gravitational interaction


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gravitational interaction

n.
1. The weakest of the four fundamental interactions of nature, hypothetically mediated by gravitons and acting on particles that have mass or energy. Also called gravitation.
2. An instance of this interaction.

gravitational interaction

or

gravitational force

n
(General Physics) an interaction between particles or bodies resulting from their mass. It is very weak and occurs at all distances. See interaction2
ThesaurusAntonymsRelated WordsSynonymsLegend:
Noun1.gravitational interaction - a weak interaction between particles that results from their mass; mediated by gravitons
fundamental interaction, interaction - (physics) the transfer of energy between elementary particles or between an elementary particle and a field or between fields; mediated by gauge bosons
References in periodicals archive ?
The gravitational interaction of light: from weak to strong fields.
The long-term gravitational interaction between such annuli is similar to the Coulomb interaction between axisymmetric molecules constituting a liquid crystal.
html According to the new theory, the Earth later reached its current rate of spinning through gravitational interaction between its orbit around the Sun and the Moon's orbit around Earth.
Model of Gravitational Interaction in the Concept of Gravitons.
An effective gravitational interaction in presence of an additional Yukawa-type force is parametrized as:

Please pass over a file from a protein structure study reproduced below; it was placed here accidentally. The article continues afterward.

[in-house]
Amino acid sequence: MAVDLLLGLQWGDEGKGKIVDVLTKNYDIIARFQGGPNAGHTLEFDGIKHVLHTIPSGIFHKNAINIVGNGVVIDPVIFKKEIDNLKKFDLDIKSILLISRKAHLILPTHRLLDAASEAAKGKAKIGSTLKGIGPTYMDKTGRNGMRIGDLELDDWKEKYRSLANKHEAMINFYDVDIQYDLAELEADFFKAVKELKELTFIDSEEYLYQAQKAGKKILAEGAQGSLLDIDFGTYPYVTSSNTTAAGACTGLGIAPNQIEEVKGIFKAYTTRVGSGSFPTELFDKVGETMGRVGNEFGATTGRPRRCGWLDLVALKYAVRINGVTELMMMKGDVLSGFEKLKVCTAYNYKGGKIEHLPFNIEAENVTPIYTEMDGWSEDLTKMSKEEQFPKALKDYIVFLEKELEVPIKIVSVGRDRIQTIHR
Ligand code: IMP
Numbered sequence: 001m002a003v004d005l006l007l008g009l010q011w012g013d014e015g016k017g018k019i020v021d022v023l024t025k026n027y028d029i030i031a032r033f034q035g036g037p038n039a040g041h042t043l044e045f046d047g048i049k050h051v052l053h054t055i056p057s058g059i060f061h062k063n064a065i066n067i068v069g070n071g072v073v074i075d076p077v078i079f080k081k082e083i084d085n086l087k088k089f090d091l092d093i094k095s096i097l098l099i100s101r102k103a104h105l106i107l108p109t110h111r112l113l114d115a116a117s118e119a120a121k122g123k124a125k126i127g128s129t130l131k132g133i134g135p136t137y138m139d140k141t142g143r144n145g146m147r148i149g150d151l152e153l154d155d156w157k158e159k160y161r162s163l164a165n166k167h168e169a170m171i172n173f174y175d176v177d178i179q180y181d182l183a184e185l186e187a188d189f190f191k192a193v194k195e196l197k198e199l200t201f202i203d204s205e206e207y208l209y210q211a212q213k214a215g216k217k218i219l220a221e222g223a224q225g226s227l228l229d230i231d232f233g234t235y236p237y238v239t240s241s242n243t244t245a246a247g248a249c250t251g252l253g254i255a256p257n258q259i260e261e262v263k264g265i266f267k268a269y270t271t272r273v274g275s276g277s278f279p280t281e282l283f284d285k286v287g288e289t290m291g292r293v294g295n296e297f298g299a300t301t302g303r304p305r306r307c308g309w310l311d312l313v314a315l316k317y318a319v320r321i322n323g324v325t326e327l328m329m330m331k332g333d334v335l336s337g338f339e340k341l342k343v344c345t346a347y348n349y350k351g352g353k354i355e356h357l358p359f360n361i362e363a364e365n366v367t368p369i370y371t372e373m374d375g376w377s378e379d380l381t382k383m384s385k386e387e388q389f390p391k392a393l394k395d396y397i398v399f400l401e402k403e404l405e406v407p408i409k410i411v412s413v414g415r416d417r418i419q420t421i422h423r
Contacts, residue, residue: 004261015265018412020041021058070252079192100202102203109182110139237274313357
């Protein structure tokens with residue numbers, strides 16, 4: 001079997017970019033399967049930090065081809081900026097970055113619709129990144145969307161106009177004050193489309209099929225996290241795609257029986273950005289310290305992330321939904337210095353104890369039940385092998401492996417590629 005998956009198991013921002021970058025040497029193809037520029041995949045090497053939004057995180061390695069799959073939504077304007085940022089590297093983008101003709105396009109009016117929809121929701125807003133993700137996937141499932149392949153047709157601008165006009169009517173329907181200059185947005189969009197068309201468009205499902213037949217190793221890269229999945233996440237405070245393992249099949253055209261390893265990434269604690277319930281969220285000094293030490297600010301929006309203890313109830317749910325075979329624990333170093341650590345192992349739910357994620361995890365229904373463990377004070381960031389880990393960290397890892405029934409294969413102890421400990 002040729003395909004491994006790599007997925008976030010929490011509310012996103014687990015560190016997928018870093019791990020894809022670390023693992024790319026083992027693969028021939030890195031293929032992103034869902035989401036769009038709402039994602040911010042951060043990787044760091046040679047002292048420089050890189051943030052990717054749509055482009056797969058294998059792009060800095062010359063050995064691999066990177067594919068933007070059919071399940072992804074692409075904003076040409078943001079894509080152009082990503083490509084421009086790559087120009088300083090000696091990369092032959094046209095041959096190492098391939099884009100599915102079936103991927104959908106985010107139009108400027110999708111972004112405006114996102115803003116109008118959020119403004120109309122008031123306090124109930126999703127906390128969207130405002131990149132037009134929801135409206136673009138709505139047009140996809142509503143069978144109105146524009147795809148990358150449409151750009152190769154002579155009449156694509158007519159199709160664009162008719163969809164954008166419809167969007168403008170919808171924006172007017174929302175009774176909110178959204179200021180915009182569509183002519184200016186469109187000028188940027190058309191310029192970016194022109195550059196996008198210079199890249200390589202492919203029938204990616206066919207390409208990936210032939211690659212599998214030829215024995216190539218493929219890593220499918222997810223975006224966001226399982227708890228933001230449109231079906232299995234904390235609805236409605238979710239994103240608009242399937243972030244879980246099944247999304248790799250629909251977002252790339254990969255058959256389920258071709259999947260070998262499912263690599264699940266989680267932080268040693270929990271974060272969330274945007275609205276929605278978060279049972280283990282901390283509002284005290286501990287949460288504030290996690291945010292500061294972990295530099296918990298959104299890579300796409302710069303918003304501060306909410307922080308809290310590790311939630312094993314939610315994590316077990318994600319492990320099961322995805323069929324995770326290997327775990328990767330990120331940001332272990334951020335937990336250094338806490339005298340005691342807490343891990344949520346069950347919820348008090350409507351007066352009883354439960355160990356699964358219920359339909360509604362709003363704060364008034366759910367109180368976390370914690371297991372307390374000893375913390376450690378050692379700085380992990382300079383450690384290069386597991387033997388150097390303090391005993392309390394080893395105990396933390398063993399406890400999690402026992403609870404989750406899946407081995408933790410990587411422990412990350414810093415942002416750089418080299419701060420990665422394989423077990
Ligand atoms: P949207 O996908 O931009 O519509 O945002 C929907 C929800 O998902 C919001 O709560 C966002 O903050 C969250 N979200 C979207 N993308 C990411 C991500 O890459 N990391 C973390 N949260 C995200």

Back up measurements based on "the wobble" a star is given by gravitational interaction with an orbiting planet supported the observations
The interaction between real energies is gravitational interaction.
The gravitational interaction of the moon with these waves would, in turn, modify the lunar orbit.
Intriguingly, the gravitational interaction of NGC 6872 and IC 4970 may have done the opposite, spawning what may develop into a new small galaxy.
Although the clustering of galaxies is not as strong as that of the present-day universe, gravitational interaction will eventually result in clustering that grows to the current level.
To date almost all exoplanets have been detected indirectly, either from gravitational interaction or the dimming of light as a planet passes in front of its star.
In this model, gravitational interaction among the five Neptunes stirs up their orbits, transforming them from circular to highly elliptical.